Thrown into a fit of rage. Your blood starts to boil. Your head bangs and the riffs are smashed against whatever part of your brain makes you a metalhead. Ushering in decades of death metal influence, from the seamless slams of Devourment to the standard tremolo pick death metal riff (you know the one), the hardcore band of old washes away against the new death metal landscape Homewrecker has presented. Extinction By Design sees a band not graduate from hardcore, but rather shift gears in the same sonic vehicle to come into their own. This transition has long since been on the horizon. Their incredible mix of powerviolence, hardcore, death metal and grind on Worms and Dirt, and the similarly sounding Circle of Death slowly built towards this death metal iteration of the band. This change was even more evident when we consider that side project Scorched are OSDM worship and splits albums with similar new death metal acts such as Gatecreeper. Th question, however, remains: does this album pay off by going all in on death metal ? Is this even the same band and is their new sound, well, good?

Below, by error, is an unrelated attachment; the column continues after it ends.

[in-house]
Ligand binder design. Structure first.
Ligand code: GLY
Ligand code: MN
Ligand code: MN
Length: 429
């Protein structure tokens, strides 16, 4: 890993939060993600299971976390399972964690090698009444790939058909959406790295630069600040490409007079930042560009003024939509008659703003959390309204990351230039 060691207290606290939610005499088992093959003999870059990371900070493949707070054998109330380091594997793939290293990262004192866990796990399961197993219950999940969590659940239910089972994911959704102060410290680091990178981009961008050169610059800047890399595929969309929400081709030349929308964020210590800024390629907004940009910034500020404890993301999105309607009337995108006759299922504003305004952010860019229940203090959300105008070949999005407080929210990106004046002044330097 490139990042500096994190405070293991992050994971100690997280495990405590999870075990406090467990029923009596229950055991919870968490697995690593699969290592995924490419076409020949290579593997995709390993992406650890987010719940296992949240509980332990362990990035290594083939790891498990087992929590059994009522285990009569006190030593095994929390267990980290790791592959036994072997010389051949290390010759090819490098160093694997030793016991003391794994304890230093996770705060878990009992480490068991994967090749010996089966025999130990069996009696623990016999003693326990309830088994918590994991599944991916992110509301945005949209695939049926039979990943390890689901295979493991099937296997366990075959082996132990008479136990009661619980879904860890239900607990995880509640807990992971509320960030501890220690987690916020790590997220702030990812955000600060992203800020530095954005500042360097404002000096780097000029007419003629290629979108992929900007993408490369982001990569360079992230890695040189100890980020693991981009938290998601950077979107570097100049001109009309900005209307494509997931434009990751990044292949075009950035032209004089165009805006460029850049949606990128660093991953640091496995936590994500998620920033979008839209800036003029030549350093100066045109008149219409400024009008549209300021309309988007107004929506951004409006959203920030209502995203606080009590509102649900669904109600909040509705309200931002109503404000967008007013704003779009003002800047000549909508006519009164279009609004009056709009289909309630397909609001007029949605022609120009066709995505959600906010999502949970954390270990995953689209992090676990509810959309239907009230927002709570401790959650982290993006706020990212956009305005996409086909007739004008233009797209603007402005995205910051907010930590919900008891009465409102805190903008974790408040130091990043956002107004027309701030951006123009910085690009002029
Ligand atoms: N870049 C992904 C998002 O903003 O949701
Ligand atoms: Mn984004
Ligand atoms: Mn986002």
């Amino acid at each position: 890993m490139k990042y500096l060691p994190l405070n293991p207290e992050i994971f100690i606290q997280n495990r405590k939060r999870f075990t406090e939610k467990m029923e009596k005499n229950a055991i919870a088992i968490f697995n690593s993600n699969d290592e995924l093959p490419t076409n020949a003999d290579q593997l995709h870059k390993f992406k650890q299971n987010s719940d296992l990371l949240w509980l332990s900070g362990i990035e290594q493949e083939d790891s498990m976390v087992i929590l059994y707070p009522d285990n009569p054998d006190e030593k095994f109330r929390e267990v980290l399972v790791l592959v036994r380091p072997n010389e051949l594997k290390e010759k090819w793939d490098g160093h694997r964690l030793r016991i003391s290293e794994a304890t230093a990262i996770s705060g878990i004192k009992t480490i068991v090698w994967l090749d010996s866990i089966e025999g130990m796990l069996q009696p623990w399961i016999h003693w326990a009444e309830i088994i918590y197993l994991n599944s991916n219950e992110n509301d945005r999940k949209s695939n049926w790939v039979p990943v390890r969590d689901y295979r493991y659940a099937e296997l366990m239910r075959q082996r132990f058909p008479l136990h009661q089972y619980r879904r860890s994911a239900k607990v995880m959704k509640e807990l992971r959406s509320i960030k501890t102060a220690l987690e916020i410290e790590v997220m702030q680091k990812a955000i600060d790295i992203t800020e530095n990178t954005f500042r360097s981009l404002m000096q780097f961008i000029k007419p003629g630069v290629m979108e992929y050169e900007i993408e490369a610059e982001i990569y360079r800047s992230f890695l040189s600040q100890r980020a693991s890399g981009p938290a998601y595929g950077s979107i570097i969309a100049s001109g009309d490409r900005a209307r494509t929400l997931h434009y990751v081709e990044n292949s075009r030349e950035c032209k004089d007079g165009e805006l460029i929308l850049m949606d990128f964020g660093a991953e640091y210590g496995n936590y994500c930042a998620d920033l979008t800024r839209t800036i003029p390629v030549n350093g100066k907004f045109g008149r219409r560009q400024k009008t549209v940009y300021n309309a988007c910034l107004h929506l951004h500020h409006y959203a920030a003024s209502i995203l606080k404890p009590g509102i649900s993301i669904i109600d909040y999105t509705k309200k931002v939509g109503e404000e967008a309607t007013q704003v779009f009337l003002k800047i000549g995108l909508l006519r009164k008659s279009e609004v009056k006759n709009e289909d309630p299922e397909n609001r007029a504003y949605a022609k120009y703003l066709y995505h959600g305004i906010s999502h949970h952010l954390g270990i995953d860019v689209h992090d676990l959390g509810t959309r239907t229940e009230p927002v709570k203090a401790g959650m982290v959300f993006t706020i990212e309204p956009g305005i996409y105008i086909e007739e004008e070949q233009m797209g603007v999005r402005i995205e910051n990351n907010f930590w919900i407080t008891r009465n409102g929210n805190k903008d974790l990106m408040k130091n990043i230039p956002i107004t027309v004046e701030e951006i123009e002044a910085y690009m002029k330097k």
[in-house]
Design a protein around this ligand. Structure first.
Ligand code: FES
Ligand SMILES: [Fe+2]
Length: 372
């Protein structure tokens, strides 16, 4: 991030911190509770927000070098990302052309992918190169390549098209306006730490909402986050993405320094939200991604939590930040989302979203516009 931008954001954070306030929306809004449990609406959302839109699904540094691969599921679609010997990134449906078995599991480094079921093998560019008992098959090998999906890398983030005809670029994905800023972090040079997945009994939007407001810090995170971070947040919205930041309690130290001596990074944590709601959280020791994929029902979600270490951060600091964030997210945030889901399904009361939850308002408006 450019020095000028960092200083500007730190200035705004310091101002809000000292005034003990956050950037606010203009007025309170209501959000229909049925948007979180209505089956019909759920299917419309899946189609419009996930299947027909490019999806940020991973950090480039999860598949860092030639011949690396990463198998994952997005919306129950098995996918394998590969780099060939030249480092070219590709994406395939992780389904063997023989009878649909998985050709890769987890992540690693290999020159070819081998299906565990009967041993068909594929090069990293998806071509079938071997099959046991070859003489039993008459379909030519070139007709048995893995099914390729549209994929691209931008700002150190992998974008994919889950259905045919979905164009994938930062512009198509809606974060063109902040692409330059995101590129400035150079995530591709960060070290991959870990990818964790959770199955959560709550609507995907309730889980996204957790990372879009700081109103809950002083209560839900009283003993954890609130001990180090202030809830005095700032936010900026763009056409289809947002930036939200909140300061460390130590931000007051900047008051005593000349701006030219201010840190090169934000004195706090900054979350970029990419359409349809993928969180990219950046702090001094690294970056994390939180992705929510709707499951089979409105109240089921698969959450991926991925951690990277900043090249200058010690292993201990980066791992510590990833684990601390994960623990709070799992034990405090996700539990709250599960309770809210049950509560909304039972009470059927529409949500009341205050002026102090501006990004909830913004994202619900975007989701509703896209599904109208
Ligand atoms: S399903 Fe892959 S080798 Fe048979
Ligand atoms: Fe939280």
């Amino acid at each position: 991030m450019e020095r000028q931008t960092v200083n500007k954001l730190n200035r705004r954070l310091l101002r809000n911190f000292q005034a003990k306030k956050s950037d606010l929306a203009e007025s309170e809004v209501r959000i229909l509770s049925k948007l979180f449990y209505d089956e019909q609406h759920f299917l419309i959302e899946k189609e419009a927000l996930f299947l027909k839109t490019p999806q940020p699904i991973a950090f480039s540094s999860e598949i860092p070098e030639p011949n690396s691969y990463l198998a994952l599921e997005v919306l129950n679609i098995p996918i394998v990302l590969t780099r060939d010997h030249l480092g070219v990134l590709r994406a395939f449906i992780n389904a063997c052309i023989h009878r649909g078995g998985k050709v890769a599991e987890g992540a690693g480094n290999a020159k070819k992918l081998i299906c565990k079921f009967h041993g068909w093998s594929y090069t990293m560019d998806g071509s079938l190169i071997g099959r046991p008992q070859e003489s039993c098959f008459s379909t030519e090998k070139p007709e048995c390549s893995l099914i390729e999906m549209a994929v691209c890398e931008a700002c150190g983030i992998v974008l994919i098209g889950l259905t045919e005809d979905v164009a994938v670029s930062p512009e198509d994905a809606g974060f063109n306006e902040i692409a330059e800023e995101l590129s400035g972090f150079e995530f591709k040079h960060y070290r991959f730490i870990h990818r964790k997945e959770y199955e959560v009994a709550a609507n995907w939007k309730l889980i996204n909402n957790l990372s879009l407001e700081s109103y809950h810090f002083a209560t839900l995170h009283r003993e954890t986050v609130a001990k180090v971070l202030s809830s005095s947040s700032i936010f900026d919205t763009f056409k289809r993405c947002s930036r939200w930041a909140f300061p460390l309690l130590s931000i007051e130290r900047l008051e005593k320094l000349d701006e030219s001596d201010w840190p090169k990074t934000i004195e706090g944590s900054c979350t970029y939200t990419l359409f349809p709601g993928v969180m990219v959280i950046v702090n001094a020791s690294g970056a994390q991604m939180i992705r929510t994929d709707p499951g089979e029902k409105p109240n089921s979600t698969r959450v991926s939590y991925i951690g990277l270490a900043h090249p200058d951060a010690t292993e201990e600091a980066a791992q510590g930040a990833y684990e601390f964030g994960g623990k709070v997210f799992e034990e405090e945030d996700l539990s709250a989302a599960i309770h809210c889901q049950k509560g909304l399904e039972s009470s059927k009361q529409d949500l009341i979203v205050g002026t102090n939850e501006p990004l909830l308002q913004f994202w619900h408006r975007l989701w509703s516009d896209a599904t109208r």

Friday! What a wondrous day, where the world just seems a little bit brighter. As Douglas Adams put it: “You will need to know the difference between Friday and a fried egg. It’s quite a simple difference, but an important one. Friday comes at the end of the week, whereas a fried egg comes out of a chicken”. Wise words indeed. In case your Friday mood hasn’t been exactly of a sunny disposition, allow me to introduce you to Totorro, a British band who have just what you need. Come to Mexico is their sophomore release and it’s a math-rock injection of summer, open arms and hope. To put a cherry on top of this riff cake, it’s releasing on Big Scary Monsters, one of our favorite labels. Head on below for your first listen!
For those who missed our last installment, We post biweekly updates covering what the staff at Heavy Blog have been spinning. Given the amount of time we spend on the site telling you about music that does not fall neatly into the confines of conventional “metal,” it should come as no surprise that many of us on staff have pretty eclectic tastes that range far outside of metal and heavy things. We can’t post about all of them at length here, but we can at least let you know what we’re actually listening to. For those that would like to participate as well (and please do) can drop a 3X3 in the comments, which can be made with tapmusic.net through your last.fm account, or create it manually with topsters.net. Also, consider these posts open threads to talk about pretty much anything music-related. We love hearing all of your thoughts on this stuff and love being able to nerd out along with all of you.